Marchbanks’ deeply wrinkled face fell. “There was absolutely no evidence that Miss Granger manipulated the examination results in any way. In fact, there is little point in attempting to manipulate the system; any student capable of a successful effort would by necessity exceed the O-standard in most subjects. Despite this, a protest was carried as far as the Minister’s Office.” Her voice trembled. “I am a proud member of the Daughters of the Goblin Wars. I am proud of who I am. I am not proud of what others are willing to do in the name of blood. Examinations – are – a – matter – of – merit!” She banged her walking stick against the floor as an exclamation point.

“Well said, Griselda,” Dumbledore said, to mumblings of approval all around. Harry was nauseous. He placed one more mental check in his column of reasons why the wizarding world might not be worth saving.

The Fat Friar drifted around uncomfortably. “Headmaster… if it pleases the assembled staff…”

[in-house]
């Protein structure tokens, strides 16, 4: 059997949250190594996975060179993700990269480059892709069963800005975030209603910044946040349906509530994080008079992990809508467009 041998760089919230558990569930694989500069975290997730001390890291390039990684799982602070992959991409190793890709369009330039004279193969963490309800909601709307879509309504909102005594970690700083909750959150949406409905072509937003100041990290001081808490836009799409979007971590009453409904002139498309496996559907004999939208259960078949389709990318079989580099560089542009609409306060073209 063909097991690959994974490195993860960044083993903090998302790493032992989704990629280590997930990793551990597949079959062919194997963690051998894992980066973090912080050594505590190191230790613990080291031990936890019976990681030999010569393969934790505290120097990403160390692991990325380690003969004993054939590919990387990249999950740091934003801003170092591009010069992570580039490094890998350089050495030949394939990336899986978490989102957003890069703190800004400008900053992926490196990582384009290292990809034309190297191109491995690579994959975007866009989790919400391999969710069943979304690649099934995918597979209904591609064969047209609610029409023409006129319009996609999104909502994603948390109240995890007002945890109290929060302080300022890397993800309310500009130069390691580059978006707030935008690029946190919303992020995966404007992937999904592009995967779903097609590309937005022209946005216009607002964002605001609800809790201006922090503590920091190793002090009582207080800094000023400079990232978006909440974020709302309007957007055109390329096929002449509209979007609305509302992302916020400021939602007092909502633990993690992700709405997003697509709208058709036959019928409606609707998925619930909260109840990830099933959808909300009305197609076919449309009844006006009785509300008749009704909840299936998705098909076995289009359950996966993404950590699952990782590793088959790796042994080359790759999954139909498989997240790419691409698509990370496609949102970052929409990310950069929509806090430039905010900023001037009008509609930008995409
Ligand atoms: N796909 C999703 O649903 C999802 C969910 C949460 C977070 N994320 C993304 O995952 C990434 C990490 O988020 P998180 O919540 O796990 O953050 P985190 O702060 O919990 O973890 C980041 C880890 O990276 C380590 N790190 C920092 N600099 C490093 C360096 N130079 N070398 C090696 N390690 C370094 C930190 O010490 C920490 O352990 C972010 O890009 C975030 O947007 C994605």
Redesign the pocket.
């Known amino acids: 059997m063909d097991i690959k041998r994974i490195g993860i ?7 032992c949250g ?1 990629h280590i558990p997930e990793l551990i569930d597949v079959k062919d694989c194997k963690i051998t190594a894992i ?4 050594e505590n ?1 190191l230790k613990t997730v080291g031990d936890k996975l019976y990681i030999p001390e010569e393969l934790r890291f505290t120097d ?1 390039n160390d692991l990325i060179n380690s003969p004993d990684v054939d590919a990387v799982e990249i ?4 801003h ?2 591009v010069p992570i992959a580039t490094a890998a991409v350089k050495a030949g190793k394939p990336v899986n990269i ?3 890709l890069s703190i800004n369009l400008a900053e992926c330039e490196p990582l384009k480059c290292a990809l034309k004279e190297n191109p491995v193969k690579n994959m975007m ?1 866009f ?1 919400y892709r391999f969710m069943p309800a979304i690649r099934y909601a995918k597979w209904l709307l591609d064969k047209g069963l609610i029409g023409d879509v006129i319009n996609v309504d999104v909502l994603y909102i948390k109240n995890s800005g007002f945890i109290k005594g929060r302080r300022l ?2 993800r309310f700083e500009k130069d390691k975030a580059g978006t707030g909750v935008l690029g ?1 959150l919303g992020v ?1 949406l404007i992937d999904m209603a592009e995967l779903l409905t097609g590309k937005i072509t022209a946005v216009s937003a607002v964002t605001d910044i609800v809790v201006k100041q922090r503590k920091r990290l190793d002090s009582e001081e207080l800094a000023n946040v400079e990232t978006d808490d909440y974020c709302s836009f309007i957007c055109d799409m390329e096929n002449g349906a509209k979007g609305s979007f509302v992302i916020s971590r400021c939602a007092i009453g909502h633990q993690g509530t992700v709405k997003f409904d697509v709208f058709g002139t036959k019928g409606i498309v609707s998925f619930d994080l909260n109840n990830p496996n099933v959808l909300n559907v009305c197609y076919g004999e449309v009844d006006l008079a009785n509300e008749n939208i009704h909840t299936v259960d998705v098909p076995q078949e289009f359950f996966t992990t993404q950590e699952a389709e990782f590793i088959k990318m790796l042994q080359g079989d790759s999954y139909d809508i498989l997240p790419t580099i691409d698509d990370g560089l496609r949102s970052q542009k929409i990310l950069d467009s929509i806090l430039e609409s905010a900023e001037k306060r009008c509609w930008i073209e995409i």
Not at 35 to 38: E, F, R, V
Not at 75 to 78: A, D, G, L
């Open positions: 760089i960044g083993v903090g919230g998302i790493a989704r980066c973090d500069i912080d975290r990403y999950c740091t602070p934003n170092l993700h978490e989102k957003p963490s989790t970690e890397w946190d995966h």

“Yes, yes, of course, mustn’t keep everyone waiting,” Dumbledore encouraged him.

“Very good, noble sir!” The Friar plunged his head through the wall for a moment, and then returned to his position. “May I present Professor Marcus Detheridge, appointed to the Defence vacancy…” As the professor entered, the Friar added quietly, “…and may God have mercy on you, my good man.”

Detheridge's hair was black with hints of grey.  He had keen, dark eyes on a careworn face and carried himself with a certain rangy sort of grace. His clothes were thoroughly Muggle: a stylish but casual leather jacket over a cabled sweater and dark denims.  “It’s a bit late for that, Friar,” Detheridge said.  His eyebrows lowered and he squinted as he smiled.